See also: and, ash, sackcloth

be raking over the coals

or

be raking over the ashes

mainly BRITISH
If someone is raking over the coals or is raking over the ashes, they are talking about something that happened in the past which you think should now be forgotten. Yes, we made mistakes in the past, but let us not waste time raking over the coals when there is hard work to be done. Why must we keep raking over the ashes, causing distress to so many people?
See also: coal, over, rake

turn to ashes in your mouth

become bitterly disappointing or worthless.
This phrase alludes to the Dead Sea fruit, a legendary fruit which looked appetizing but turned to smoke and ashes when someone tried to eat it. The fruit are described in the Travels attributed to the 14th-century writer John de Mandeville .
1995 Guardian Those who marvelled at the phenomenal climbing feats of Pedro Delgado in the 1988 Tour found words such as ‘heroic’ and ‘Herculean’ turn to ashes in their mouths during the probenecid (a masking agent) scandal.
See also: ash, mouth, turn

dust and ashes

used to convey a feeling of great disappointment or disillusion about something.
Often found in the fuller form turn to dust and ashes in your mouth , the phrase is used in the Bible as a metaphor for worthlessness, for example in Genesis 18:27 and the Book of Job 30:19. It derives from the legend of the Sodom apple, or Dead Sea fruit, whose attractive appearance tempted people, but which tasted only of dust and ashes when eaten.
See also: and, ash, dust

rise from the ashes

be renewed after destruction.
In classical mythology, the phoenix was a unique bird resembling an eagle that lived for five or six centuries in the Arabian desert. After this time it burned itself on a funeral pyre ignited by the sun and fanned by its own wings and was then born again from the ashes with renewed youth to live through another cycle of life. The simile like a phoenix from the ashes is used of someone or something that has made a fresh start after apparently experiencing total destruction.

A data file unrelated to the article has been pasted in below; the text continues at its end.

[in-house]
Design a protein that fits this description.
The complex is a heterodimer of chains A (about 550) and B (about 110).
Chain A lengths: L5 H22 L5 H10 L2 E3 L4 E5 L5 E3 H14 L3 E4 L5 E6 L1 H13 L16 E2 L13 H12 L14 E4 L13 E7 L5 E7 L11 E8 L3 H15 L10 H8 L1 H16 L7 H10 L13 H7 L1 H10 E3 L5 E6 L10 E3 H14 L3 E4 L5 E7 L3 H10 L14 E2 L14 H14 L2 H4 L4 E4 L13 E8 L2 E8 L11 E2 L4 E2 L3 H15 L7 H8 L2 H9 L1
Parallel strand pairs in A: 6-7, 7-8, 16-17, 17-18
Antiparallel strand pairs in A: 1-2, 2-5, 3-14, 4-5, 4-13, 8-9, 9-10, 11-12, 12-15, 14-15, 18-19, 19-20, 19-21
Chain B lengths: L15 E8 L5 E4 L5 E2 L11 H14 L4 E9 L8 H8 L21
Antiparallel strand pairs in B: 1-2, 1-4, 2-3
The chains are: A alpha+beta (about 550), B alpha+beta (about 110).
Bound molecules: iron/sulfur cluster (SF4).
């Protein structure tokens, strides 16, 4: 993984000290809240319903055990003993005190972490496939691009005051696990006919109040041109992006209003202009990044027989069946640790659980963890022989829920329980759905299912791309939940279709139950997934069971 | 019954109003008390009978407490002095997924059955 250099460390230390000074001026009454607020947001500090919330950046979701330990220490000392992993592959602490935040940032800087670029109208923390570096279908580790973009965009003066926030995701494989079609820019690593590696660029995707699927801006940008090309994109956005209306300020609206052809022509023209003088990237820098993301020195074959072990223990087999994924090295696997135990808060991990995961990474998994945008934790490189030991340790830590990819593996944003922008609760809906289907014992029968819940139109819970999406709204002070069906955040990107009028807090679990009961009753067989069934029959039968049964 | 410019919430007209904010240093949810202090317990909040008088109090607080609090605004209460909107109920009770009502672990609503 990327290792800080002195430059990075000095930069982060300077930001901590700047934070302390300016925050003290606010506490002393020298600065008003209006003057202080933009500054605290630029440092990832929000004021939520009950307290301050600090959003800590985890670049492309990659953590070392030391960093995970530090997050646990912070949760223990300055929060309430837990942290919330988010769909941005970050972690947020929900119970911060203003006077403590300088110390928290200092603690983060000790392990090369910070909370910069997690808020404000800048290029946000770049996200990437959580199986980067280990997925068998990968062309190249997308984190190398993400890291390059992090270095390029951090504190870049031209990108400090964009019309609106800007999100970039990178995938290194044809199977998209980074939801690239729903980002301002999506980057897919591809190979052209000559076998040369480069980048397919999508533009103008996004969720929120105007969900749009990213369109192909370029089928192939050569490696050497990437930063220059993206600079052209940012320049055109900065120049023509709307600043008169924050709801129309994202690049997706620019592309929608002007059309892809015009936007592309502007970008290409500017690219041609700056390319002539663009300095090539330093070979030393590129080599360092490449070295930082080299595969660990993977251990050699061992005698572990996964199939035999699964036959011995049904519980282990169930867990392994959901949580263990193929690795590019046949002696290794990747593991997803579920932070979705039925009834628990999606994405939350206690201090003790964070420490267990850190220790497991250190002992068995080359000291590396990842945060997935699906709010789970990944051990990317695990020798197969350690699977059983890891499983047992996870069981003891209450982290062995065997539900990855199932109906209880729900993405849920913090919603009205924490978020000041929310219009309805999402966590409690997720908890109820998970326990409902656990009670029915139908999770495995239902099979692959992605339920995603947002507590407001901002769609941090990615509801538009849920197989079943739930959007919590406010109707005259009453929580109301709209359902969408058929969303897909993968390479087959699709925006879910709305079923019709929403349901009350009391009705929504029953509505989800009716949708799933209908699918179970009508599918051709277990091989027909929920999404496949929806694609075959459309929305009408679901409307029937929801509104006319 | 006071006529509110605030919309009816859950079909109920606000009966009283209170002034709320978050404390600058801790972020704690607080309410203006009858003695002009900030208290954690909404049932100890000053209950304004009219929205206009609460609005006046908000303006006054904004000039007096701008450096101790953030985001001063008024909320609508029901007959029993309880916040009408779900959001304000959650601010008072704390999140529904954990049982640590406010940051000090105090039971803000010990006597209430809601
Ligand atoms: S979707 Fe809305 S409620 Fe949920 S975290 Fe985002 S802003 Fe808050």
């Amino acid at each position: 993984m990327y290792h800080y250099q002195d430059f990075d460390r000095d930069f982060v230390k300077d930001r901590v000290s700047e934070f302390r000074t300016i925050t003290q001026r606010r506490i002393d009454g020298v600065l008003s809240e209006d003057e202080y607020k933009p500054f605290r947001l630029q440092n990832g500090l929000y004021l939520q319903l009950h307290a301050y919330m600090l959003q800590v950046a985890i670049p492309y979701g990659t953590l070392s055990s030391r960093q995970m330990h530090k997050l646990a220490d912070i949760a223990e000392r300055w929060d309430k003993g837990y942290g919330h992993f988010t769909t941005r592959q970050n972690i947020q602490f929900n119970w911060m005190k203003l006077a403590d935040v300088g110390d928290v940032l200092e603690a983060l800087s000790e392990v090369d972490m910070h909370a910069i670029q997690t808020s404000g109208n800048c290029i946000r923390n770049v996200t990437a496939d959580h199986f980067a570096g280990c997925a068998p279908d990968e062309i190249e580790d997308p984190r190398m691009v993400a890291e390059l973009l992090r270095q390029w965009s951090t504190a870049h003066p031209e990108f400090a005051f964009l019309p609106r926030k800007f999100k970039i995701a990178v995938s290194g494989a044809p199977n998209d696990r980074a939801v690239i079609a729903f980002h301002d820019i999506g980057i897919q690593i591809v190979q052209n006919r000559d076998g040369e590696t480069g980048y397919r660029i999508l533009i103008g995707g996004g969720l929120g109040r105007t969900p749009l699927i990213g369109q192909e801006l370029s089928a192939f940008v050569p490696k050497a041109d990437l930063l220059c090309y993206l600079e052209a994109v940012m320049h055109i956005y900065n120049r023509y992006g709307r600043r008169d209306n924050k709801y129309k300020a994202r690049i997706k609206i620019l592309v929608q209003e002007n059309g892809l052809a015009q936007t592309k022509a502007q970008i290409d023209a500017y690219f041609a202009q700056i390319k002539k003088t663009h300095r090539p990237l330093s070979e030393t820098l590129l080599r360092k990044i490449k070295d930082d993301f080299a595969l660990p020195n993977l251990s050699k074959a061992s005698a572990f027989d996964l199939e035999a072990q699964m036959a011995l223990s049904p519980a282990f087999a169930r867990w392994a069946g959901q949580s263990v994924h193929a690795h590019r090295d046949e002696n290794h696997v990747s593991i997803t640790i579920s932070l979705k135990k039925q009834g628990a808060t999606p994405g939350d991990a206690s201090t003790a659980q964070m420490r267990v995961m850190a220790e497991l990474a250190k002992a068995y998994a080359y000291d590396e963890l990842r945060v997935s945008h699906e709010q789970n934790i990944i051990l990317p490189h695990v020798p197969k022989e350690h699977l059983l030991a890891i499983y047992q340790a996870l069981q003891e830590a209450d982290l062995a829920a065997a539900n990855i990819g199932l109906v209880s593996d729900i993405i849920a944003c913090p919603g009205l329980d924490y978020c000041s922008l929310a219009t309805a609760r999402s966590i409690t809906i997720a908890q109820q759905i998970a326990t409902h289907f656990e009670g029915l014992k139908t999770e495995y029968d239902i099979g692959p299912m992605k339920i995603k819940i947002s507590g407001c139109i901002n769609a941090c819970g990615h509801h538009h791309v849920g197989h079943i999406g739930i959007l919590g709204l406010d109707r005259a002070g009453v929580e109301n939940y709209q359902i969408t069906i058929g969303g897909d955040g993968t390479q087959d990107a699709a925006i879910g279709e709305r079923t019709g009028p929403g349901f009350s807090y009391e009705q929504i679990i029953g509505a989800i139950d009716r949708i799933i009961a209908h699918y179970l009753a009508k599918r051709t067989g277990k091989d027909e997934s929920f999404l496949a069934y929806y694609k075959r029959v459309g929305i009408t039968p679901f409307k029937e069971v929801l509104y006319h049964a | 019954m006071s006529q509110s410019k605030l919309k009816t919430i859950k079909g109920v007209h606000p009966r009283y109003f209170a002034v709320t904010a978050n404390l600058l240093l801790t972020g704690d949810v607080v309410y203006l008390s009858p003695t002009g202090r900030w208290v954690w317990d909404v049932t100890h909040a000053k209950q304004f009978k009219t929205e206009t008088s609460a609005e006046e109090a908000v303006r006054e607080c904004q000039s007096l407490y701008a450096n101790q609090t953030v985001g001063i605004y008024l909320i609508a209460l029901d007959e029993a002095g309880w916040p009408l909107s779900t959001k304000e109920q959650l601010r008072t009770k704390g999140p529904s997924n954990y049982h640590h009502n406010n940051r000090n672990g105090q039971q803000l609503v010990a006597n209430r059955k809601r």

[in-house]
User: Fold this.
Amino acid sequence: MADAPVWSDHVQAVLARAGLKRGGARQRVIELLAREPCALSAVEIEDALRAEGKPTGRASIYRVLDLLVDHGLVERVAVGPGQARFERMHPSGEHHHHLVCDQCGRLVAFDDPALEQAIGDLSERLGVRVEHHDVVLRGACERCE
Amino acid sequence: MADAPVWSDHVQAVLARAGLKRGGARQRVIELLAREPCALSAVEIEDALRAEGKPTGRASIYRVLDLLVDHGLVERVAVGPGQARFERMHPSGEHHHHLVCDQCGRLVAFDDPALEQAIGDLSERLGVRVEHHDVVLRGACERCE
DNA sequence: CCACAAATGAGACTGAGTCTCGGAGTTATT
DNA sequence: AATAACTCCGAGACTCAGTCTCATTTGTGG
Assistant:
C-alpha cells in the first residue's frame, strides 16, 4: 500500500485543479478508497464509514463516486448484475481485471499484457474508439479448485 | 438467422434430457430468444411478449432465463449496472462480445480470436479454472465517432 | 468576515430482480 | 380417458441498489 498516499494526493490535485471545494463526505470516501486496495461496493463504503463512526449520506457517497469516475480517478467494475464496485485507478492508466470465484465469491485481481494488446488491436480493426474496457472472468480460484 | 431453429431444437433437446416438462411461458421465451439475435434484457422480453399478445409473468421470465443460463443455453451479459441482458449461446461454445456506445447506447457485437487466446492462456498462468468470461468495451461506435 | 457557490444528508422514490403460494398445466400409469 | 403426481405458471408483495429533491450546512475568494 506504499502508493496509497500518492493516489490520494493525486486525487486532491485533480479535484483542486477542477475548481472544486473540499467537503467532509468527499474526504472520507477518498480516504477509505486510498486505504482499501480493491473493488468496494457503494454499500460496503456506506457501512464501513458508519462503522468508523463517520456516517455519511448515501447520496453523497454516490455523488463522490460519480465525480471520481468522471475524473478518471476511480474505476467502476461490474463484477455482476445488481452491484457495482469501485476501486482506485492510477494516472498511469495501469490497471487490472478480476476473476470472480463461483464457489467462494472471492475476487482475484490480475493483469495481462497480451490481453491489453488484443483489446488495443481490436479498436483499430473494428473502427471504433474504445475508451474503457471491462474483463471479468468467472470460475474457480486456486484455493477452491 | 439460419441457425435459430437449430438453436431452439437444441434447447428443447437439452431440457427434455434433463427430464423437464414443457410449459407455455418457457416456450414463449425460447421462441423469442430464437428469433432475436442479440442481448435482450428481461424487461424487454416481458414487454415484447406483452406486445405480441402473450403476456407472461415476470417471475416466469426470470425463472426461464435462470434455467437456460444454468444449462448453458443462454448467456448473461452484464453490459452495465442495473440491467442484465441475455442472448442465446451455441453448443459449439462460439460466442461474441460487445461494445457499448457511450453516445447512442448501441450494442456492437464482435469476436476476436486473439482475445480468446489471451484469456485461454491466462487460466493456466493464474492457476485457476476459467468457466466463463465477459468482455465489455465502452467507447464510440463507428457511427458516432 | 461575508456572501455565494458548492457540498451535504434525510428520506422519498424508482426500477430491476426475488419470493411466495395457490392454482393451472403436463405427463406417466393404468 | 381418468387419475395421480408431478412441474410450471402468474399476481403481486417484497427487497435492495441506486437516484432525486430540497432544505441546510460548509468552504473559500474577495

See also: ash, rise

in sackcloth and ashes

manifesting grief or repentance.
In the Bible, the wearing of sackcloth and the sprinkling ashes on your head were signs of penitence or mourning.
1999 Athletics Weekly It was their first focal point, the moment of truth when their season could blossom further in Seville or end in sackcloth and ashes.
See also: and, ash, sackcloth

rake over the ˈashes/the ˈpast

(informal, disapproving) discuss with somebody unpleasant things that happened between you in the past: When they met each other again, ten years after the divorce, they both tried hard not to rake over the past.
See also: ash, over, past, rake

ˌrise from the ˈashes

become successful or powerful again after defeat or destruction: Can a new party rise from the ashes of the old one?This idiom refers to the story of the phoenix, a mythological bird which burns to death and then rises from the ashes to be born again.
See also: ash, rise

put on, wear, etc. ˌsackcloth and ˈashes

behave in a way that shows that you are sorry for something that you have done: Look, I’ve said I’m sorry! What do you want me to do — put on sackcloth and ashes?This comes from the Bible. People wore sackcloth (= a rough material) and put ash (= the grey powder left after something burns) on their face and hair to show that a person they loved had died or that they were sorry for something they had done.
See also: and, ash, put, sackcloth